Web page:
The mušḫuššu (𒈲𒄭𒄊; formerly also read as sirrušu, sirrush) is a creature depicted on the reconstructed Ishtar Gate of the city of Babylon, dating to the 6th century B.C. As depicted, it is a mythological hybrid: a scaly dragon with hind legs resembling the talons of an eagle, feline forelegs, a long neck and tail, a horned head, a snake-like tongue, and a crest.
The form mušḫuššu is the Akkadian nominative of the Sumerian 𒈲𒄭𒄊 MUŠ.ḪUS, lit. "reddish snake" sometimes also translated as "fierce snake". One author, possibly following others, translates it as "splendor serpent" (𒈲 MUŠ is the Sumerian term for "serpent". The reading sir-ruššu is due to a mistransliteration in early Assyriology.).
The constellation Hydra was known in Babylonian astronomical texts as Bashmu, "the Serpent" (𒀯𒈲, MUL.dMUŠ). It was depicted as a snake drawn out long with the forepaws of a lion, no hind-legs, with wings, and with a head comparable to the mušḫuššu dragon. This monstrous serpent may have inspired the Greek Hydra.
Bel and the Dragon, a deuterocanonical Biblical text, relates a story that Koldewey thought involved a mušḫuššu/sirrush. In a temple dedicated to Bel (Nebuchadnezzar's god), priests had a "great dragon or serpent, which they of Babylon worshipped."
Daniel, the protagonist of the Book of Daniel, was confronted with this creature by the priests in the apocryphal text. (see Additions to Daniel) They challenged him to match his invisible God against their living god. Eventually, Daniel poisoned the creature.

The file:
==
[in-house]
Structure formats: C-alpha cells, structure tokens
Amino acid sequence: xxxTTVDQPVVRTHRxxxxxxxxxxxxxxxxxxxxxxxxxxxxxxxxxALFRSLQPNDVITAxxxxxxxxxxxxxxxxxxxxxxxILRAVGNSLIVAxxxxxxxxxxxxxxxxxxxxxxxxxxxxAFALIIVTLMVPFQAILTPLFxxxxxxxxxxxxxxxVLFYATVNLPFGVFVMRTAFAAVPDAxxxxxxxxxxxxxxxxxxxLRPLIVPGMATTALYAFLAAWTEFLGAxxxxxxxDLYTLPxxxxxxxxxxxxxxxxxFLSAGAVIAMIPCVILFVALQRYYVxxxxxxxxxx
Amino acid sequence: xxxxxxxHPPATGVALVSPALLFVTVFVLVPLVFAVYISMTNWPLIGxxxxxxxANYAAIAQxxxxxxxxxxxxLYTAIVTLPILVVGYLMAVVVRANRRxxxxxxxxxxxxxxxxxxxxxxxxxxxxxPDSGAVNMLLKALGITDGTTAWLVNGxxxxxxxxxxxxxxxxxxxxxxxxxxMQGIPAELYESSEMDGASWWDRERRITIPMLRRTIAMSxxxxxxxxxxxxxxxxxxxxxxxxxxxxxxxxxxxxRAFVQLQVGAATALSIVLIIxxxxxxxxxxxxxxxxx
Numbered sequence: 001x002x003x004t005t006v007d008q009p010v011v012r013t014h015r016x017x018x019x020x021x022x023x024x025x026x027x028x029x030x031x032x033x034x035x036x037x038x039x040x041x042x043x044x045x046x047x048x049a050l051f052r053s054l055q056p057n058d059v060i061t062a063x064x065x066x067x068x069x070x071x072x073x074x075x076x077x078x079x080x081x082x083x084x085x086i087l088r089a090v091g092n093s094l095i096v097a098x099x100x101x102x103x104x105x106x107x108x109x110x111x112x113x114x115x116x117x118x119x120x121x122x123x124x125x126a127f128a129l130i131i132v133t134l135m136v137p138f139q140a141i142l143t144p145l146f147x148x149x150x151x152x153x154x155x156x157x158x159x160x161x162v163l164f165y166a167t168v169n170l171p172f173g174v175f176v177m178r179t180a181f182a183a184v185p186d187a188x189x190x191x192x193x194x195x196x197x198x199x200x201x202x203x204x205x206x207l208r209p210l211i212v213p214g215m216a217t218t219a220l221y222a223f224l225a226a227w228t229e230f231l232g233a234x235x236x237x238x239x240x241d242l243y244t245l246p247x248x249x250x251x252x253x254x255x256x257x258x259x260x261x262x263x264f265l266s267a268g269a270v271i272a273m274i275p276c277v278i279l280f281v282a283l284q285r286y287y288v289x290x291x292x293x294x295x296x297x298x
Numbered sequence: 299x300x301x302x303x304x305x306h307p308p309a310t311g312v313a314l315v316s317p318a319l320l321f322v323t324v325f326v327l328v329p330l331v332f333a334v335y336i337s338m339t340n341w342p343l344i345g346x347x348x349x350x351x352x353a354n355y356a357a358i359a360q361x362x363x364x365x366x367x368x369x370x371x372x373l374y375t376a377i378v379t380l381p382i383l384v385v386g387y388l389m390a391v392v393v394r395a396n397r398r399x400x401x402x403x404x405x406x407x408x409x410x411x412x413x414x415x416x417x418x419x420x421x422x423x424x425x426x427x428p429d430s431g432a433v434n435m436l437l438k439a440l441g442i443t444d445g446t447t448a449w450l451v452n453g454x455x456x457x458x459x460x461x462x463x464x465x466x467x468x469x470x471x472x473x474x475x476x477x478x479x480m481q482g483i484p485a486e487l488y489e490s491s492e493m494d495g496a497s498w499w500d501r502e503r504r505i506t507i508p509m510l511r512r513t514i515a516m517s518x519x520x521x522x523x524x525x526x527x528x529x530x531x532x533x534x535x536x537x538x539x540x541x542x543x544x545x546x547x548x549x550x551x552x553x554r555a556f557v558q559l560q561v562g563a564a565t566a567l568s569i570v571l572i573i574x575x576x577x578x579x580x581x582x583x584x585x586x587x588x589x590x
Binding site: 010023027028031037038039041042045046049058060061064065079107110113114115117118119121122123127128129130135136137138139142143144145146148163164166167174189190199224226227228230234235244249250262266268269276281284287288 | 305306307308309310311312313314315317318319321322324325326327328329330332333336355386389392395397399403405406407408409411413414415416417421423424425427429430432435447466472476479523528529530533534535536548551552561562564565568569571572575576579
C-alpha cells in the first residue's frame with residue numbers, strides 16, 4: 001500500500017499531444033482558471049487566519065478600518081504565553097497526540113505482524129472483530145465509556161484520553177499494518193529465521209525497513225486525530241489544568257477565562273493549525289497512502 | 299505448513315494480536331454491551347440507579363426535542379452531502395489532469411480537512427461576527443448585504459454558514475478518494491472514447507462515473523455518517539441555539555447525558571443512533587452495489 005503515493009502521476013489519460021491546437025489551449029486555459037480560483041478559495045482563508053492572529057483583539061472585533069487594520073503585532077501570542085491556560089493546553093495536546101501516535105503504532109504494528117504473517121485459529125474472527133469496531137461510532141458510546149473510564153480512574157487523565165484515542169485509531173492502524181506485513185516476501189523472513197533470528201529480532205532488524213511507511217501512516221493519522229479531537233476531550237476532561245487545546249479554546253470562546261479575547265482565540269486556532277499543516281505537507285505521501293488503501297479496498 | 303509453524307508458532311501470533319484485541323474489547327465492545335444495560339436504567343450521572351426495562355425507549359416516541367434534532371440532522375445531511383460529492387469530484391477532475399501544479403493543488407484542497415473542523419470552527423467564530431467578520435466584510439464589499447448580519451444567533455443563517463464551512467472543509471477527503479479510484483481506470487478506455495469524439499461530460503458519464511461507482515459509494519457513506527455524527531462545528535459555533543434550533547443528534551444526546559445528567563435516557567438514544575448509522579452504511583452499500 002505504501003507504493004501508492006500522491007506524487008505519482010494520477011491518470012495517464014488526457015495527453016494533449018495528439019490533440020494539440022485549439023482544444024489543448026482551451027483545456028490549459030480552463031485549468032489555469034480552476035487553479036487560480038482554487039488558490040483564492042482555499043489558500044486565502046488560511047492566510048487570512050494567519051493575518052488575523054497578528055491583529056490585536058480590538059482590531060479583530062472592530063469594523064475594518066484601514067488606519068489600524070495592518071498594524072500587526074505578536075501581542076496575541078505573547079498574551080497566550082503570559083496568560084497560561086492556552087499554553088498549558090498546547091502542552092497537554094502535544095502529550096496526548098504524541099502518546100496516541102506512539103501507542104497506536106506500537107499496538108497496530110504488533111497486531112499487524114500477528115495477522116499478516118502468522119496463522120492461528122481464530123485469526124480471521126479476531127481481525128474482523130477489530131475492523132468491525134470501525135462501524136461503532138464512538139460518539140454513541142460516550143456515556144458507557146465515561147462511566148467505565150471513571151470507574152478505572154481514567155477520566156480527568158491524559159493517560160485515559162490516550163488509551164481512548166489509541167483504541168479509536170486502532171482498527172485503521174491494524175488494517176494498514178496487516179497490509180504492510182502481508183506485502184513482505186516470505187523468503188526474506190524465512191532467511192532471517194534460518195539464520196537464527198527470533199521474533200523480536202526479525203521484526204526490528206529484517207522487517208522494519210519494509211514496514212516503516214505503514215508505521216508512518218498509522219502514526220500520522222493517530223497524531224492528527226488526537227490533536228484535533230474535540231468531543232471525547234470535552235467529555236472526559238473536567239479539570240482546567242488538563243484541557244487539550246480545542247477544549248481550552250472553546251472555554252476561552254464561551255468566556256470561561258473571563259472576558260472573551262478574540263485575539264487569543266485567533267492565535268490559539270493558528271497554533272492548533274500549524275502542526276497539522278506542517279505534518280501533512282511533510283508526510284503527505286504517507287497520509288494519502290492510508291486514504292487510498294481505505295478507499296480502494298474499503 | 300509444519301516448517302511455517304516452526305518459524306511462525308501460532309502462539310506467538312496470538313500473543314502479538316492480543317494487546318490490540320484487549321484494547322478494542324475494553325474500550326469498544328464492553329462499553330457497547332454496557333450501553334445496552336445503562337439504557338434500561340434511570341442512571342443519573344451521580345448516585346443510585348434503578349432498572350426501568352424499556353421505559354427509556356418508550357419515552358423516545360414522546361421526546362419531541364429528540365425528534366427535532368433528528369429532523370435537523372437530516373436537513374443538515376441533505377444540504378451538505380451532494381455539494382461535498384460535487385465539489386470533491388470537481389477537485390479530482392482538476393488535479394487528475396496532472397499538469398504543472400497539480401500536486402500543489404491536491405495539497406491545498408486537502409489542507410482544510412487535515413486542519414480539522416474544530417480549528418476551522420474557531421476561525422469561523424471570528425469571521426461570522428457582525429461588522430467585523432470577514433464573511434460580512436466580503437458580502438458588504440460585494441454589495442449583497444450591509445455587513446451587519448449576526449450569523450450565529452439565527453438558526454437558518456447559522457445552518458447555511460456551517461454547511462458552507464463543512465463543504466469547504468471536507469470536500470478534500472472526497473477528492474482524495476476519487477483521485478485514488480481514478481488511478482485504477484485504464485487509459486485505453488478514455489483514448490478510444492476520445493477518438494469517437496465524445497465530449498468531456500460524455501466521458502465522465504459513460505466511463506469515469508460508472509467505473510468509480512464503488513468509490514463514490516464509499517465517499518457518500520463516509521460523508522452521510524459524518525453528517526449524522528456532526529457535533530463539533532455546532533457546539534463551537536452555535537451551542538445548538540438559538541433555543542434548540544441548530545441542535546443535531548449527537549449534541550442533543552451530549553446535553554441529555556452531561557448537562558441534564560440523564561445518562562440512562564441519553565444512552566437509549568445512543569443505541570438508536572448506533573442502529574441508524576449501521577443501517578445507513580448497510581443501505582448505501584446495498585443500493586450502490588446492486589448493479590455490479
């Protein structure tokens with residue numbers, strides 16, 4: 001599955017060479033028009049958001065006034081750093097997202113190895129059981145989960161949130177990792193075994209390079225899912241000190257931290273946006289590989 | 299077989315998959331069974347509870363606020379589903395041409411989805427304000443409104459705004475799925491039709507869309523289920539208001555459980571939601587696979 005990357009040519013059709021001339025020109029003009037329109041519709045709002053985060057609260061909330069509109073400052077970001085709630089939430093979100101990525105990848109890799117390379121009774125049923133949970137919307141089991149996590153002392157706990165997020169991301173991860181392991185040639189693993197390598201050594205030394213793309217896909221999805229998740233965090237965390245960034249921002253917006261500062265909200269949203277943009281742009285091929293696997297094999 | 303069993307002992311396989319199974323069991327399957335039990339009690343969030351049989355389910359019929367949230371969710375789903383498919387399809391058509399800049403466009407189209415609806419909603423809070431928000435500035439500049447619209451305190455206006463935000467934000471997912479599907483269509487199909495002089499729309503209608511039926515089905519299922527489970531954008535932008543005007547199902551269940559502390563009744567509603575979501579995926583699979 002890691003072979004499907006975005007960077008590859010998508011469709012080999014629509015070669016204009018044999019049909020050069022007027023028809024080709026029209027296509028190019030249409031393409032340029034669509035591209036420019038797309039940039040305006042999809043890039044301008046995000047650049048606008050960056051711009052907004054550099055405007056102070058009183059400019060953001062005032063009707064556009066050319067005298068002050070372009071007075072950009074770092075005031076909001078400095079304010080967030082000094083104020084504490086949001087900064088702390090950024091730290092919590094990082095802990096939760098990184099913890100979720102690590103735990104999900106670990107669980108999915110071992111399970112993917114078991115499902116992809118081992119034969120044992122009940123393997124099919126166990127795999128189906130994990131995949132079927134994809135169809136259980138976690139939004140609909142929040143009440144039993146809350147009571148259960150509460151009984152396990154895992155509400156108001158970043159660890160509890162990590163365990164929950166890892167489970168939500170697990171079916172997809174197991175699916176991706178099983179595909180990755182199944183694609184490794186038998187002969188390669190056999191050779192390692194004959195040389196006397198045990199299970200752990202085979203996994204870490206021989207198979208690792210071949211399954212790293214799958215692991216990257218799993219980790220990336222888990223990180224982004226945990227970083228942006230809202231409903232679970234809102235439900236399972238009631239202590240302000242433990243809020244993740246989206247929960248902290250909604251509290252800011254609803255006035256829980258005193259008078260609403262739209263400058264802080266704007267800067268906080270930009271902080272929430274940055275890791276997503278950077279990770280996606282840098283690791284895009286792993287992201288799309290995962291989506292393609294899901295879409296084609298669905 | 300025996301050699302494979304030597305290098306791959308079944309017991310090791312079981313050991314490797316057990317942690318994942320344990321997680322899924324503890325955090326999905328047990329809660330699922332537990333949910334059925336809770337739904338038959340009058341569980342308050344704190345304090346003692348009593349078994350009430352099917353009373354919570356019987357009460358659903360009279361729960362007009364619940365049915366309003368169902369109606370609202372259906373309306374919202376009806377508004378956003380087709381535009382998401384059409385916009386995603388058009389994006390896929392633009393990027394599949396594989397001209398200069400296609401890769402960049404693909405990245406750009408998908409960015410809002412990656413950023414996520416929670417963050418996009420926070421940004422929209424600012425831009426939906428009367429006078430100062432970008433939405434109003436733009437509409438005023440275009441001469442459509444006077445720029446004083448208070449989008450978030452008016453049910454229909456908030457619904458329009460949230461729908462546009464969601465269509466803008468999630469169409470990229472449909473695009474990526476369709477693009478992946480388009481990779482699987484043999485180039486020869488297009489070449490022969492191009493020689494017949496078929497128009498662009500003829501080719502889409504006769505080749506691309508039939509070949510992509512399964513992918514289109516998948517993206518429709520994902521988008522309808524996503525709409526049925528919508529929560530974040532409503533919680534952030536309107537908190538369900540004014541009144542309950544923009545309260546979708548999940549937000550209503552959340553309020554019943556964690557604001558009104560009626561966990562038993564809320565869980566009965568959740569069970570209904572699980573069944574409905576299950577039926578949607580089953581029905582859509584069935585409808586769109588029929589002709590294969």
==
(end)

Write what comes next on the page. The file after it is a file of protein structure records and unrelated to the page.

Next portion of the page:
German archeologist Robert Koldewey, who discovered the Ishtar Gate in 1902, seriously considered the notion that the sirrush was a portrayal of a real animal. He argued that its depiction in Babylonian art was consistent over many centuries, while those of mythological creatures changed, sometimes drastically, over the years. He also noted that the sirrush is shown on the Ishtar Gate alongside real animals, the lion and the rimi (aurochs), leading him to speculate the sirrush was a creature the Babylonians were familiar with.
As indicated by the Babylonian name it is a "walking serpent." A striking feature is the scaly coat and the great tail of a serpent's body. The head with the forked tongue is purely that of a serpent, and is in fact that of the horned viper, so common in Arabia, which bears the two erect horns, of which, as in the case of the bulls, only one is visible in the purely profile attitude. Behind lie two spiral combs similar to those so generously bestowed on the heads of the frequently represented Chinese dragon. The tail ends in a small curved sting. The legs are those of some high-stepping feline animal, probably a cheetah. The hinder feet are those of a strong raptorial bird (Fig. 33) with powerful claws and great horny scales. But the tarsal joint is not that of a bird but of a quadruped, and the metatarsals are not anchylosed, or only very slightly at the distal end. It is remarkable that, in spite of the scales, the animal possesses hair. Three corkscrew ringlets fall over the head near the ears, and on the neck, where a lizard's comb would be, is a long row of curls.
The creature's distinctly feline front paws seemed incongruous, and gave Koldewey some doubt. However, in 1918, he proposed that Iguanodon (a dinosaur with birdlike hindfeet) was the closest match to the sirrush (Sjögren, 1980).
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